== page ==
Hardware, Monitors & Speakers

The Best Computer Speakers (Studio Monitors) for GarageBand

Written By : Andrew Siemon

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If you’ve arrived at this article, you’re in the market for a new pair of computer speakers, also known as – in this case – studio monitors.

When it comes to recording and music production, the KRK Rockit RP5 G4 Studio Monitors are some of the best speakers out there in their price range.

If you ever peruse the music production and beat-making side of Instagram and YouTube, I’m sure you’ve seen many people with these speakers.

KRK is a company that specializes in creating studio monitors; it’s what they do.

The company has a great reputation for making studio monitors, so it’s not uncommon at all to see beat-makers, producers, and mixers with the notorious yellow cone Rockit speakers.

The KRK Studio Monitors come in a range of different options, including the 3” speakers, 5”, 6”, and 8” speakers, and what ones you choose depends on 1) how big your room is, and 2) how much money you’re willing to spend. In fact, you can even get higher-end KRK monitors like the KRK V8 from Amazon.

I chose the KRK RP5 G4 Studio Monitors (also from Amazon), which are 5” speakers – more than enough for a small-to-medium-sized room, and they don’t cost a fortune.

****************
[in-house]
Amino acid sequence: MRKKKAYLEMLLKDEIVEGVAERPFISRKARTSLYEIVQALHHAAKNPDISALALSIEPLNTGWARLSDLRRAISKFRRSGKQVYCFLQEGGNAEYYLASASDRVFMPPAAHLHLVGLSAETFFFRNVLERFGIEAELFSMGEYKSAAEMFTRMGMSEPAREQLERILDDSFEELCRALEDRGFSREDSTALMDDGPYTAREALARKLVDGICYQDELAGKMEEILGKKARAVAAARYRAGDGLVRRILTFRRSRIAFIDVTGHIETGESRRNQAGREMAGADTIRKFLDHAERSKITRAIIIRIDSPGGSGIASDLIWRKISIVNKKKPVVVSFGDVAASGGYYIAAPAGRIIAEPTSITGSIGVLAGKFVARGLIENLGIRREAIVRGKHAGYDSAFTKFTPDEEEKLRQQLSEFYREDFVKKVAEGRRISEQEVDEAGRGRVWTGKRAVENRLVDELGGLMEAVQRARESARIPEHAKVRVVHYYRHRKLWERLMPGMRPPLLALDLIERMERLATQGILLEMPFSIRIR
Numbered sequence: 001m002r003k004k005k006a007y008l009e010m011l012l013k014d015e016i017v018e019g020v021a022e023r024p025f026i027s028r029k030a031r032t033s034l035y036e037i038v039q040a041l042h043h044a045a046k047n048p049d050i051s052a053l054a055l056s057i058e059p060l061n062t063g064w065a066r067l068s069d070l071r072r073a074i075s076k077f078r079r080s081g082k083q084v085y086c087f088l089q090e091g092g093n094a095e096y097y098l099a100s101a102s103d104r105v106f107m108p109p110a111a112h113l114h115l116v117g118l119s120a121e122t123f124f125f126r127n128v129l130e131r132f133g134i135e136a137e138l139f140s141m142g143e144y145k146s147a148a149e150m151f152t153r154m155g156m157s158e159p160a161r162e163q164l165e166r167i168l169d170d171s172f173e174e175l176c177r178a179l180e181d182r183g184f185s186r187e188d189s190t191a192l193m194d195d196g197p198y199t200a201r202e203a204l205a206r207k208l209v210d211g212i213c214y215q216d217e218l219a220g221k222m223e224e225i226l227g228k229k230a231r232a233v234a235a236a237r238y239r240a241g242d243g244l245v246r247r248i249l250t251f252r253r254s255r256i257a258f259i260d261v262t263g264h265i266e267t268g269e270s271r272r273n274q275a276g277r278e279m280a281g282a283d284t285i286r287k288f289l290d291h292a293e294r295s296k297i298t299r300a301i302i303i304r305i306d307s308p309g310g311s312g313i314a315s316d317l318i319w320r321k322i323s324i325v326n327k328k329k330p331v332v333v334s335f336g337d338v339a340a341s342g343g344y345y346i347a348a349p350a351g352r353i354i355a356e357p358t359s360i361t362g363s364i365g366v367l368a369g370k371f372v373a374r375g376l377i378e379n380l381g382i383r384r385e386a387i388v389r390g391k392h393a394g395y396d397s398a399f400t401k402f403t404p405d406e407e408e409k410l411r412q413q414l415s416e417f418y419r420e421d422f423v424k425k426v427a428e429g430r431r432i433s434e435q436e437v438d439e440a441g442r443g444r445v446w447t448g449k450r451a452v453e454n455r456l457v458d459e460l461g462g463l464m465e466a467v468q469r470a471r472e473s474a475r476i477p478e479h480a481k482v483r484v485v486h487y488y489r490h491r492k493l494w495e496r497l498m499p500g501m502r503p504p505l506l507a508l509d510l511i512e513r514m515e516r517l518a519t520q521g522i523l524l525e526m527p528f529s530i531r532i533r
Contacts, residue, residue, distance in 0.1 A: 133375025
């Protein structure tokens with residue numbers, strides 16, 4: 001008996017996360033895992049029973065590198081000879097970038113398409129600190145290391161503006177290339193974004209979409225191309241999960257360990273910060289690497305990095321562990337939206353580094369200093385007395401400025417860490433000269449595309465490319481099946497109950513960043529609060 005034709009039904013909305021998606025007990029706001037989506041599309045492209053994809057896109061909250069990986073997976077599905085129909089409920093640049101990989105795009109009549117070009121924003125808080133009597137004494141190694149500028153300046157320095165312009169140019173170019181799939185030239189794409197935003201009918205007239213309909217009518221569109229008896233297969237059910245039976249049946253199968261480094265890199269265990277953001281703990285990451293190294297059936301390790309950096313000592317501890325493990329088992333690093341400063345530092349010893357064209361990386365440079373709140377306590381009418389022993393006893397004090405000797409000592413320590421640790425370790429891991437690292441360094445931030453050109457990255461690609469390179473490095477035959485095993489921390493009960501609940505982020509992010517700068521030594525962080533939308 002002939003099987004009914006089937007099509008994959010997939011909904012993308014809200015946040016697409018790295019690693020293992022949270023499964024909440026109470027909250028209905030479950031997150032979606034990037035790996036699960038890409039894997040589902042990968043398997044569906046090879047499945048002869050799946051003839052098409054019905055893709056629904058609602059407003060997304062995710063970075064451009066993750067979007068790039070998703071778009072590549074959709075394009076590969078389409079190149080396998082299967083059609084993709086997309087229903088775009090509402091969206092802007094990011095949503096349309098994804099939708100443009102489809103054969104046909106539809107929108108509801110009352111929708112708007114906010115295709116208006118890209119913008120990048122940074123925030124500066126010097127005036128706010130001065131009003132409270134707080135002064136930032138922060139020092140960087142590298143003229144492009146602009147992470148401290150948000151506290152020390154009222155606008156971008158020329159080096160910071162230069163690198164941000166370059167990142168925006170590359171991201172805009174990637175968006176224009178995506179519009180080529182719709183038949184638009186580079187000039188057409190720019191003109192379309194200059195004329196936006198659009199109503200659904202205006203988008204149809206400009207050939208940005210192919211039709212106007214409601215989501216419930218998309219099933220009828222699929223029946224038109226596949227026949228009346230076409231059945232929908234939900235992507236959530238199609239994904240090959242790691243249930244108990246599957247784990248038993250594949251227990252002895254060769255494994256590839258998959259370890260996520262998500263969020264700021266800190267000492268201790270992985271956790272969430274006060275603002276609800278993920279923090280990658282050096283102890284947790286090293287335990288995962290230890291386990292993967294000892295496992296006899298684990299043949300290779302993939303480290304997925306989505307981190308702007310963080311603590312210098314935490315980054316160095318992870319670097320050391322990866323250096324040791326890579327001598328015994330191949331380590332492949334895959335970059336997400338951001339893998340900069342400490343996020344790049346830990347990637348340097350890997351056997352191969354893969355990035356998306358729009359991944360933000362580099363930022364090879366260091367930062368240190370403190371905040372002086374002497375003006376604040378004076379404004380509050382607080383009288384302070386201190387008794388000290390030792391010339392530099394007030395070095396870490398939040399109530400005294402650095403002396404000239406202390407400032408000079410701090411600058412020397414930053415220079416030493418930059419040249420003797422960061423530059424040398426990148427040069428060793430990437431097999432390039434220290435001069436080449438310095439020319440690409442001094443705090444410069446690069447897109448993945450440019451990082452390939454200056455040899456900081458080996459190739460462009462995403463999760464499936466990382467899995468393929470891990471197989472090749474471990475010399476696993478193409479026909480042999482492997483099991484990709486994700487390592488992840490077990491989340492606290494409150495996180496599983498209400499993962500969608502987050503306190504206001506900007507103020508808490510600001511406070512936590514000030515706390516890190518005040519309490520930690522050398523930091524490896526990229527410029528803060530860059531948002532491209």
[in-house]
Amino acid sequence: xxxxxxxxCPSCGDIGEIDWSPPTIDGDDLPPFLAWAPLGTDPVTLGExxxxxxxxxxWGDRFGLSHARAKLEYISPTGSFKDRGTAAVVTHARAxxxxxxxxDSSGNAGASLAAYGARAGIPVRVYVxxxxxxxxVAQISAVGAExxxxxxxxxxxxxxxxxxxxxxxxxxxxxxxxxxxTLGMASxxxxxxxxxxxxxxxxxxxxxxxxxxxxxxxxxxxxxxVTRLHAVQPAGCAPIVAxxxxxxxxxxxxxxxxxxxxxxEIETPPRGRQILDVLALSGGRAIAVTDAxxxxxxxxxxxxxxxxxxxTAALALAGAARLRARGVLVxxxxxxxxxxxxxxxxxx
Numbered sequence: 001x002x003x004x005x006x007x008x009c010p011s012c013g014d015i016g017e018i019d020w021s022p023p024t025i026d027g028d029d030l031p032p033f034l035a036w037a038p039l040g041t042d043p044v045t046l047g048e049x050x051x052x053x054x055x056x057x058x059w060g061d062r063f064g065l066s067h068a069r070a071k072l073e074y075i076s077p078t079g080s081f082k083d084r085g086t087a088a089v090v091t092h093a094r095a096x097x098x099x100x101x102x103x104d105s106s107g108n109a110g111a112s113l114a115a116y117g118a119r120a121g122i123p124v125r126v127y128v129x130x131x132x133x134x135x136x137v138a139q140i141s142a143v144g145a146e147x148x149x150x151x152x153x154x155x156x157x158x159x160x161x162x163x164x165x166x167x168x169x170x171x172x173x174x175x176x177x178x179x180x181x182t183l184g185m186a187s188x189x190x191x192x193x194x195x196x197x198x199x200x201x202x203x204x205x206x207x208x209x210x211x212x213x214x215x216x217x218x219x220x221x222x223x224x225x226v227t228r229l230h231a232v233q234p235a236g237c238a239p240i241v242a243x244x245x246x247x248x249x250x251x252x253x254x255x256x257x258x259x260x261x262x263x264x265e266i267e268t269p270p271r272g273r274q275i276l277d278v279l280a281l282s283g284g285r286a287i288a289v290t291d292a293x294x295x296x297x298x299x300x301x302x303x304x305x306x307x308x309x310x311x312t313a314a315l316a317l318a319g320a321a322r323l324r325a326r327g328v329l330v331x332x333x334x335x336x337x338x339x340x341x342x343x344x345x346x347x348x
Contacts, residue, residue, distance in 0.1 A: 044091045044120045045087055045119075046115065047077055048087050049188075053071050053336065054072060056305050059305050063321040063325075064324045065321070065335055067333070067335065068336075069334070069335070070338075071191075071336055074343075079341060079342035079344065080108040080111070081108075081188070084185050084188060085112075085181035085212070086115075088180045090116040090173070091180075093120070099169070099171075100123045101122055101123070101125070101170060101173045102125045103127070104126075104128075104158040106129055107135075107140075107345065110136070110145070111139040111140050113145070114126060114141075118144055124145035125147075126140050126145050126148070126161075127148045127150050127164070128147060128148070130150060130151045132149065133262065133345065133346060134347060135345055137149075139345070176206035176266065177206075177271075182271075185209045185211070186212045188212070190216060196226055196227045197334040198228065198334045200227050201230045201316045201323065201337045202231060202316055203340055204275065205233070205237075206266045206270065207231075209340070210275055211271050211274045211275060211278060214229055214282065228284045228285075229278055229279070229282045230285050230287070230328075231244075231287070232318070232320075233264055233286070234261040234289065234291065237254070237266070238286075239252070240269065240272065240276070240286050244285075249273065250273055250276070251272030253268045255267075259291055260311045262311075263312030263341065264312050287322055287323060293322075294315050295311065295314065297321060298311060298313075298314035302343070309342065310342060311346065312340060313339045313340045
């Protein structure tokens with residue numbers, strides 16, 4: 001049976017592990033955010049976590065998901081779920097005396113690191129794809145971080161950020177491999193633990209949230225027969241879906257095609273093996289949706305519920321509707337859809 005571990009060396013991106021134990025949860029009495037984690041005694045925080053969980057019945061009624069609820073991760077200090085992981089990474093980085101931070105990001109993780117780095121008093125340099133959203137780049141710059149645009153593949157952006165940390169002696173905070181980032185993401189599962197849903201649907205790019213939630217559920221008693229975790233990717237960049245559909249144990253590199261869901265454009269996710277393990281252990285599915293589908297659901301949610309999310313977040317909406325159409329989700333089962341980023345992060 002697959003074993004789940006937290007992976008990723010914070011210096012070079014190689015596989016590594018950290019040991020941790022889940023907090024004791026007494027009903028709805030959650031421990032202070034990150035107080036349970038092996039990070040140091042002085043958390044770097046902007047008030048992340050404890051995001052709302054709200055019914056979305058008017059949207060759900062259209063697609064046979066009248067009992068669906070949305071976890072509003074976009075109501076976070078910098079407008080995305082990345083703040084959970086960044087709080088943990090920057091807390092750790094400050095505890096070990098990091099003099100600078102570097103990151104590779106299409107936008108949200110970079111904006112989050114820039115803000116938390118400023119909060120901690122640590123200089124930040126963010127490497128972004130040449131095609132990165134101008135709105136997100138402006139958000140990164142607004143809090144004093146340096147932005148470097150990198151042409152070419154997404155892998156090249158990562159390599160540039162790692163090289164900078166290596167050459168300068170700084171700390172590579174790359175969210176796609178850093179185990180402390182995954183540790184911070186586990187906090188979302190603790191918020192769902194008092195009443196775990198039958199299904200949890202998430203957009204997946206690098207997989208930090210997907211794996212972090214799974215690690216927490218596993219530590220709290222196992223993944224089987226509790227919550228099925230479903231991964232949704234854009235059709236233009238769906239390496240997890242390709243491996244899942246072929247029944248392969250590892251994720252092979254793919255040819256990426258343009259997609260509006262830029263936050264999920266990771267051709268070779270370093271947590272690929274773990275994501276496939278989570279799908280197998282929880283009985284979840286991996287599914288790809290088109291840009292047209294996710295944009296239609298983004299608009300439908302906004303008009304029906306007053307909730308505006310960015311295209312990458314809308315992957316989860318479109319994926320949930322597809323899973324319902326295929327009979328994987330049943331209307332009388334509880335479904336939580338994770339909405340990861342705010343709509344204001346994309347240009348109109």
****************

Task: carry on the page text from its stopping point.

The Rokit line of the KRK speakers are built especially for home recording studios, so these are exactly the monitors that we’re looking for, but if you’re more interested in a portable option, I recommend the iLoud Micro Monitors from Amazon instead, and I’ve written about them before as well.

Let’s get into the actual speakers.

The KRK RP5 G4 Studio Monitors

One different feature of these speakers is the fact they have a bass-port on the bottom of the speaker but on the front-end, rather than the back-end, which is different from other monitors in this price range.

From what I understand, the bass-port is constructed on the front-end of the bottom to combat against the phenomena where the low-end frequencies are pushed to the back of the room, either the wall or the corner of the wall.


The consequence of this is the amplification of low-end frequencies.

This should make sense. If you’ve ever driven by a house where there is extremely loud music playing, you’ll notice that by far, the loudest frequencies are the bass.

Low-end frequencies tend to be the loudest, because they accumulate, and they’re also just way easier to feel and hear.

If the bass frequencies accumulate in the wall and in the corners of your room, the bass will sound much louder than what you think, in addition to bothering your neighbors.

However, these speakers put the bass port in the front, which helps solve this problem, because there won’t be an accumulation of low-end anymore, particularly in comparison to monitors with the bass-port on the back.

The actual casing of the speakers, the housing, appears to be made out of wood, although it’s hard to tell exactly. Regardless, they’re solidly built and there are no loose pieces or shaky parts of the unit that will rattle when monitoring.